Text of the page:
– Work stitch pattern until you have completed round 3 in the 16th pattern repeat (or desired length)
– Bind off in round 4 stitch pattern
– Weave in ends, wet block and lay flat to dry
– Brave the weather!
I’ve long been an admirer of Ontario-based yarn company Koigu but I think this is my first-ever project using their Merino wool. Nadia Crétin-Léchenne’s Livingston pattern took three skeins of the very lovely Kersti Merino Crepe. It’s a sweet little seamless raglan pullover, knit from the bottom-up and finished with a buttoned neckline. It was the perfect opportunity to pull these mismatched wooden Nani Iro buttons from my stash.
To finish off this Christmas present, Chris asked the very talented illustrator, children’s book author, and artist Cybèle Young to sign her counting fable Ten Birds to our niece. It’s a very beautiful book that won her the 2011 Governor General’s Award for Illustration – highly recommended for any little ones!
A whole whack of holiday knits ready to be wrapped! I was taking my sweet time documenting them and since December is now here I felt the window closing… Canada Post does need an ample amount of lead time.
Then we have another Veera design – this one Shimmer in Blue in Malabrigo Yarn Rios. I love the fact that the cables are reversible, and the wider opening at the bottom so that you can pull it down over your shoulders.
I decided on two wee sweaters for two new babies in my life. This is the first, for my friend Karen’s daughter, Arhana. The pattern is a quick, lacy knit from Marya Speton of Swallow’s Return – Eulalie. It’s knit seamlessly in reverse stocking stitch with an asymmetrical closure and pretty eyelet and bobbles centre panel. I used a skein and a bit of Malabrigo Merino Worsted in Lettuce and vintage Japanese buttons that I ordered many moons ago from assemblage’s Etsy store.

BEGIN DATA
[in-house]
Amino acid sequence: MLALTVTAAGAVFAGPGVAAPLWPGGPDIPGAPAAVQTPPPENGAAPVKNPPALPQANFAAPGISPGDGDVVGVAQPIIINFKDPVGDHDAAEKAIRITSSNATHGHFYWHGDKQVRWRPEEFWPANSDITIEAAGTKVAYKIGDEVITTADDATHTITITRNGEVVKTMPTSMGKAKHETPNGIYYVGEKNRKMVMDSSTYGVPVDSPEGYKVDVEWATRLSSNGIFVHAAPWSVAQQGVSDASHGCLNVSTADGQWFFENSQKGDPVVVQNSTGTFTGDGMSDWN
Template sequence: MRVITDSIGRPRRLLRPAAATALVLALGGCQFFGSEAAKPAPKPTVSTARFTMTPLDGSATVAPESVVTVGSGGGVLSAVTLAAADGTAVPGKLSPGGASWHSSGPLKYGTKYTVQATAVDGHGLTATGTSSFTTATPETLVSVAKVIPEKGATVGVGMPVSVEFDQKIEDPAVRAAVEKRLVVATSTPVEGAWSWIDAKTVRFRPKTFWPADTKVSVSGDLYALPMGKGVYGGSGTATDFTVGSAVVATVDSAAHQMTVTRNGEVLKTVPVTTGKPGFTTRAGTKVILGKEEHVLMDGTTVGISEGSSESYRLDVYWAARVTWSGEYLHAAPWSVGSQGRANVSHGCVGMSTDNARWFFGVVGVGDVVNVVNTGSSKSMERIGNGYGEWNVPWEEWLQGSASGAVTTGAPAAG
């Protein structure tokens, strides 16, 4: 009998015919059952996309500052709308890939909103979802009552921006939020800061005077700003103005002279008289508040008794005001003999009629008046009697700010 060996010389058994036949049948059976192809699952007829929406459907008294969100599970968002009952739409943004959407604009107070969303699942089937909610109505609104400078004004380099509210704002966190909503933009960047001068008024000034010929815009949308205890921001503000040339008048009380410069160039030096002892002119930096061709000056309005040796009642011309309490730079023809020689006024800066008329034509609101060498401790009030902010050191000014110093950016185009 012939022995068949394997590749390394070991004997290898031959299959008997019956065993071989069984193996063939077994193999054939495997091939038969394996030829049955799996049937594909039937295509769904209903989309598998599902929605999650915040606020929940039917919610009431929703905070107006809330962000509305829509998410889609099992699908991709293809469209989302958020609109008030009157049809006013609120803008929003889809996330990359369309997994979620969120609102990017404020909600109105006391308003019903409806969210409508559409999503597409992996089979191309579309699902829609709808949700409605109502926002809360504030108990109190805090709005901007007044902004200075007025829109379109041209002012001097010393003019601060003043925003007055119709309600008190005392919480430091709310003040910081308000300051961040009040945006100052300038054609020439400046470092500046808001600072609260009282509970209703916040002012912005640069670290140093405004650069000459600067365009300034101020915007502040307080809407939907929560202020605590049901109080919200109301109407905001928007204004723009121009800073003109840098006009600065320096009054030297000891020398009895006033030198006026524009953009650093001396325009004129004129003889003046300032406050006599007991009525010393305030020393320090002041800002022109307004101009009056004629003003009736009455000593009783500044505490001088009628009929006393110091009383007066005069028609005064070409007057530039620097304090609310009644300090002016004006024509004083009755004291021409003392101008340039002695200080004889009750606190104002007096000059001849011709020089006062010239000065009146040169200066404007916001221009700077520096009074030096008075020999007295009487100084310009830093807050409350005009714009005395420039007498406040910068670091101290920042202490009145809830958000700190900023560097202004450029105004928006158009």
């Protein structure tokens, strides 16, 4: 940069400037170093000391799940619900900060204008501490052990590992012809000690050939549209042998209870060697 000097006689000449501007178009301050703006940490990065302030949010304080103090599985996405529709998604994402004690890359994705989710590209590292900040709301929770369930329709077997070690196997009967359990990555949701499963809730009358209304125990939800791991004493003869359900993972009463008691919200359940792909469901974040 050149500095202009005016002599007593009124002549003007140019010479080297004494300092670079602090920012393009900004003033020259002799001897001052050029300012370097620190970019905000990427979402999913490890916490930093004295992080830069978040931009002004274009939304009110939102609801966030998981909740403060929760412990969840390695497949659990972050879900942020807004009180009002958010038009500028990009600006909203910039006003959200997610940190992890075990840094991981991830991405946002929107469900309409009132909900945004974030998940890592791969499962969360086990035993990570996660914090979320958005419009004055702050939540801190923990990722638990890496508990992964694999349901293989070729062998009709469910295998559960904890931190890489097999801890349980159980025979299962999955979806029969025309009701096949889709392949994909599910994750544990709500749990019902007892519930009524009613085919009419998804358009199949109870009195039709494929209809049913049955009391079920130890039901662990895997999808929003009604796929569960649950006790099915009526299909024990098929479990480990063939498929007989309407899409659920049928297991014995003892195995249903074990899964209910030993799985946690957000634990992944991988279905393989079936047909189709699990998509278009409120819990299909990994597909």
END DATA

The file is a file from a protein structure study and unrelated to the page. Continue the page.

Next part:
The one to come is Nadia Crétin-Léchenne’s Livingston pullover. I ordered some Koigu Kersti Merino Crepe in a dusty rose for my new niece, Sibella. She was born on August 26, the day that I arrived in Paris. I’ll be sharing her rams and yowes baby blanket shortly – I’m running out of space to block!
I loved Wes Anderson’s latest movie, Moonrise Kingdom. It’s witty and innocent with so many incredible details: the soundtrack, the miniature sets and one eye-catching knit. I was hooked by the pair of mitts worn by Bob Balaban’s Narrator and used some screen grabs to draft a chart.
I took the photos at Lake on the Mountain – a beautiful provincial park if you’re ever in Prince Edward County. I have it on good authority that The Inn restaurant right beside the park is a tasty spot. We had packed a picnic so we’ll just have to make another trip sometime!
This project is another one going way back in terms of the history of my Ravelry queue. All the way back to September 2008! I used the last 3/4 skein of Cascade Yarns Eco Duo from my Estelle Pullover to make a pair of Leslie Friend’s Toast Mitts for my dear friend Lara. I gifted them to her in February when it was still plenty wintry. My favourite thing about these mitts is that the self-striping yarn makes them a mismatched pair.
I’m sharing this completed wooden carp puzzle because it’s almost the same vintage as the Toast pattern! Phil and Aggie sent it to me for my birthday in 2009 if I remember correctly. When we visited them in Melbourne two years ago they took us to the Japanese restaurant where they bought it. We ate delicious octopus balls, among other things, and they asked me if I had finished the puzzle. I hadn’t. So I cracked it out a little while ago and was very pleased with myself when the carp was finally in one piece. It now sits watching over our sprouting seedlings.
I hope you’re enjoying the last of the weekend. I’m off to make some Sunday soup!